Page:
2. documents the manufacturing process for RDIC’s field proven low cost household ceramic water filters;
  3. presents key issues for setting up a ceramic water filter factory;
  4. presents alternative methods and lessons learnt based on RDIC’s experience of manufacture over 5 years;
  5. identifies key issues of occupational health and safety, and environmental management;
  6. discusses the essential components of education and distribution and their importance for sustainable implementation of filters in communities;
  7. presents technical drawings for key machinery that has been developed for use in the factory; and
  8. includes instructional videos for production of the ceramic water filters.

The pot with the silver lining video


Field trials of the effectiveness of ceramic water filters in Cambodia over time showed a 46% reduction in diarrheal disease between filter users and non-users, a 95.1% average (and up to 99.99%) reduction of E.coli in drinking water (Brown and Sobsey, 2006). Laboratory testing has shown a 90-99% reduction in viruses (Brown, 2007). These results support other trials of ceramic water filters (Lantagne, 2001) as a highly successful means of empowering households to manage their own safe water supply.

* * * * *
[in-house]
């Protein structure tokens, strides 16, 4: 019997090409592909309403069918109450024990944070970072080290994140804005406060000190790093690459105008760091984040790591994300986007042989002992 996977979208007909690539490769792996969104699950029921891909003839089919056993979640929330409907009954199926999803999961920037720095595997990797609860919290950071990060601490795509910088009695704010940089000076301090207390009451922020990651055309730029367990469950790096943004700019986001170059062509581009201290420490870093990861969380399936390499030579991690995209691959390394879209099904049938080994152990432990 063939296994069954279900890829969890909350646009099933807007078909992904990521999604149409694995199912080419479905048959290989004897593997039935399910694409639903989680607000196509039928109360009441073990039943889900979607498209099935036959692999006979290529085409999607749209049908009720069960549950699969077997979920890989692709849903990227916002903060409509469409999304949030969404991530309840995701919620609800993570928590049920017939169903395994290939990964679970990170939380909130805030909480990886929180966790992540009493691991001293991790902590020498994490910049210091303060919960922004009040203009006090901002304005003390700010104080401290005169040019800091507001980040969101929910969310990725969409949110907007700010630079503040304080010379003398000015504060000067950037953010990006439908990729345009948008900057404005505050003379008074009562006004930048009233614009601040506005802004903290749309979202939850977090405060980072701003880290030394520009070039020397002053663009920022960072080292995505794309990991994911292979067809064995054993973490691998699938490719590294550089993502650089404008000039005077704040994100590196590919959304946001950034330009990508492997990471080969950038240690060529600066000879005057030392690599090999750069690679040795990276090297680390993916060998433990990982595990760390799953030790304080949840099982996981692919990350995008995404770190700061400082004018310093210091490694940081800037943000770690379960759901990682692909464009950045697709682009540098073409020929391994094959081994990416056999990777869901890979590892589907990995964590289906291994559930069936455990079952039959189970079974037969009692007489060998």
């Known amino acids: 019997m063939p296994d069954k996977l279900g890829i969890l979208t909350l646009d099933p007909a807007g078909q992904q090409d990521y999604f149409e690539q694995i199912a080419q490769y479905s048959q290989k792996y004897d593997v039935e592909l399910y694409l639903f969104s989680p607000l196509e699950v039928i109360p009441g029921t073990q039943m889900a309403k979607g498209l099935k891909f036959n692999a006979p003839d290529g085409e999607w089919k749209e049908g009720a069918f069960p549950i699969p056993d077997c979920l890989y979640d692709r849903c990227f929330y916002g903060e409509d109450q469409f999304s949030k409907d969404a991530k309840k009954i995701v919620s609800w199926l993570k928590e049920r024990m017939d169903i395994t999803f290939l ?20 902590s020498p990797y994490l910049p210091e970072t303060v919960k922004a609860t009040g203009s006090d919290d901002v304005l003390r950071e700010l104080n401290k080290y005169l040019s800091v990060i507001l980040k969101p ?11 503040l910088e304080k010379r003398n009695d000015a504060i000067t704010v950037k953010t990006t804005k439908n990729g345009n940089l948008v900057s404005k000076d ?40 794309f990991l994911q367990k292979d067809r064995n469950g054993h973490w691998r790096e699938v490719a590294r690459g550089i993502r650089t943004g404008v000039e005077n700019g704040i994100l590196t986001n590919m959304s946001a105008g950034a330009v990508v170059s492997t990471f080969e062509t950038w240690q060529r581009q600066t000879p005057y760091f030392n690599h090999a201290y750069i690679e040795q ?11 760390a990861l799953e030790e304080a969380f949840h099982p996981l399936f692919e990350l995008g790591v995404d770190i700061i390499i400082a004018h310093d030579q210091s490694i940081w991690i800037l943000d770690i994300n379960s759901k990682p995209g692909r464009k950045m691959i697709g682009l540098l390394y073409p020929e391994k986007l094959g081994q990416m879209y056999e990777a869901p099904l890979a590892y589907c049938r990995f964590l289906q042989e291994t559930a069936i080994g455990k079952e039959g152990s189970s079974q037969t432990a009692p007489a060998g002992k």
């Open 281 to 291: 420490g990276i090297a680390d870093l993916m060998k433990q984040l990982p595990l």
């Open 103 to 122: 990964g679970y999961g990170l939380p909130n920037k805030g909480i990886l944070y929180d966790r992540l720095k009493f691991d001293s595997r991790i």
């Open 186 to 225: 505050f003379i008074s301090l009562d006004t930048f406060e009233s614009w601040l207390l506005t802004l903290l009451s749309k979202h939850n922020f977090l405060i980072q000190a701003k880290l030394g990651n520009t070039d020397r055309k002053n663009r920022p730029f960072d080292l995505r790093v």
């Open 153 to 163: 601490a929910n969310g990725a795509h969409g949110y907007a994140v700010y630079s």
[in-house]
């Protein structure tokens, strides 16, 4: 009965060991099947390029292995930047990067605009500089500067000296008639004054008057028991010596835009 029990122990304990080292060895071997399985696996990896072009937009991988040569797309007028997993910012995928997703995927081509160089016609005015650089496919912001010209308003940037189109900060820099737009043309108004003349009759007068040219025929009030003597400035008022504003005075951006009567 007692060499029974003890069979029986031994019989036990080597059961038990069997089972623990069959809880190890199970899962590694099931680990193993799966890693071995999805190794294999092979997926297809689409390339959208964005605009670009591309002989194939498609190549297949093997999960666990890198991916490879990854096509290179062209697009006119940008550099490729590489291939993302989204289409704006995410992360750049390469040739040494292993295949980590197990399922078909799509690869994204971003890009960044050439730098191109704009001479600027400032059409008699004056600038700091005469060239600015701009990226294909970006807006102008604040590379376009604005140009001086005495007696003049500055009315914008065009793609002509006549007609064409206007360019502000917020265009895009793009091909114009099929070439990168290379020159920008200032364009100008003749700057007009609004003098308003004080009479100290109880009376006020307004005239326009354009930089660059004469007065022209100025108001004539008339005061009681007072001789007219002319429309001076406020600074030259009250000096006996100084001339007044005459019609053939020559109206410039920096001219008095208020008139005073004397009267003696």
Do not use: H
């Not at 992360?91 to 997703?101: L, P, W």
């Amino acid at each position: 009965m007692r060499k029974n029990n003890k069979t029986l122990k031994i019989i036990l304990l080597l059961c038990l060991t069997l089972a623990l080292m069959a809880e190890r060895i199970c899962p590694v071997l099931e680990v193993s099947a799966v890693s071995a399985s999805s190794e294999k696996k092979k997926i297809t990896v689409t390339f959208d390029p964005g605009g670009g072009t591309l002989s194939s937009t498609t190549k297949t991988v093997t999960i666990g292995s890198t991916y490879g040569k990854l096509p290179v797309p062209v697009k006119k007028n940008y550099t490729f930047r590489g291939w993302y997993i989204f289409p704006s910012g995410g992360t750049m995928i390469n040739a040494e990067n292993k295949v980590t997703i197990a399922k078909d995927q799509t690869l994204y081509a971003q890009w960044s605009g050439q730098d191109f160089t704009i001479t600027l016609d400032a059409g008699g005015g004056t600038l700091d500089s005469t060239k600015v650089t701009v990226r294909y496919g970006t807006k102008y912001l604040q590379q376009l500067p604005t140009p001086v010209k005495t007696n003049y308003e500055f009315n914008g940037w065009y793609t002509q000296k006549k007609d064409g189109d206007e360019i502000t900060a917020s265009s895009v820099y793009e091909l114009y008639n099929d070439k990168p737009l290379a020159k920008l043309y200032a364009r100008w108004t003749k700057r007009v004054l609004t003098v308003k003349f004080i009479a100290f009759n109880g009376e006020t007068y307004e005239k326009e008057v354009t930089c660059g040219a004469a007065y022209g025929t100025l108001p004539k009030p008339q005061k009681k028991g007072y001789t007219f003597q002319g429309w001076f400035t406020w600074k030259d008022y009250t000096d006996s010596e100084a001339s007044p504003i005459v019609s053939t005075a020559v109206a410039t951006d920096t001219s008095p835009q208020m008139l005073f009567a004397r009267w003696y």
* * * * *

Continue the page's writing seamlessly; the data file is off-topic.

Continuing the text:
The actions of the RDIC Ceramic Water Filters are:
  1. Physical ‘straining’ of dirt and bacteria out of the water as they are too large to pass through the ceramic substrate.
    1. clay that has been vitrified through firing in a kiln changes chemically to become a slightly porous material allowing water to pass through its but straining out most bacteria, protozoa, and helminthes.
    2. burn-out material is added to produce pores that increase the rate of flow through the pots to make them a practical filtration material
  2. Chemical action of silver as a biocide to kill microbes.
    1. silver applied to inside and outside of filter is absorbed into the clay pores.  Silver ions are reduced to elemental silver and form colloids within the filter body.  Silver acts as a biocide against bacteria when there is sufficient contact time.
  3. Indirect sedimentation of particles within the pores of the filter.

RDIC now adds laterite to its clay mix.  Laterite, a material high in Fe oxides, the positive charges of the Fe oxides have demonstrated a removal action of the largely negatively charged virus’ in tests at RDIC.


The Handbook steps through the production process used by RDIC in Kean Svay, Cambodia.  This process can be described in 10 steps as summarized below.

10 Steps










1. Preparation of Raw Materials


Clay and laterite (optional) is crushed into powder, rice husks are either purchased pre-ground from a regular supplier or can be ground on site; water supply

2. Mixing of Clay Components


Clay powder, laterite (optional), and ground rice husks are dry mixed, then water is added evenly and mixed thoroughly to form a mouldable paste

Clay Mix
30 kg clay powder + 8.9 -10 kg rice husks + 12.5 L water

Clay Mix (when laterite is added) 30 kg clay powder + 7.5 – 8.8 kg rice husks + 12.5 L water + 2 kg laterite

3. Forming Clay Cubes for pressing


Clay mix is emptied from the mixer and pressed into 8kg cubes for easy pressing.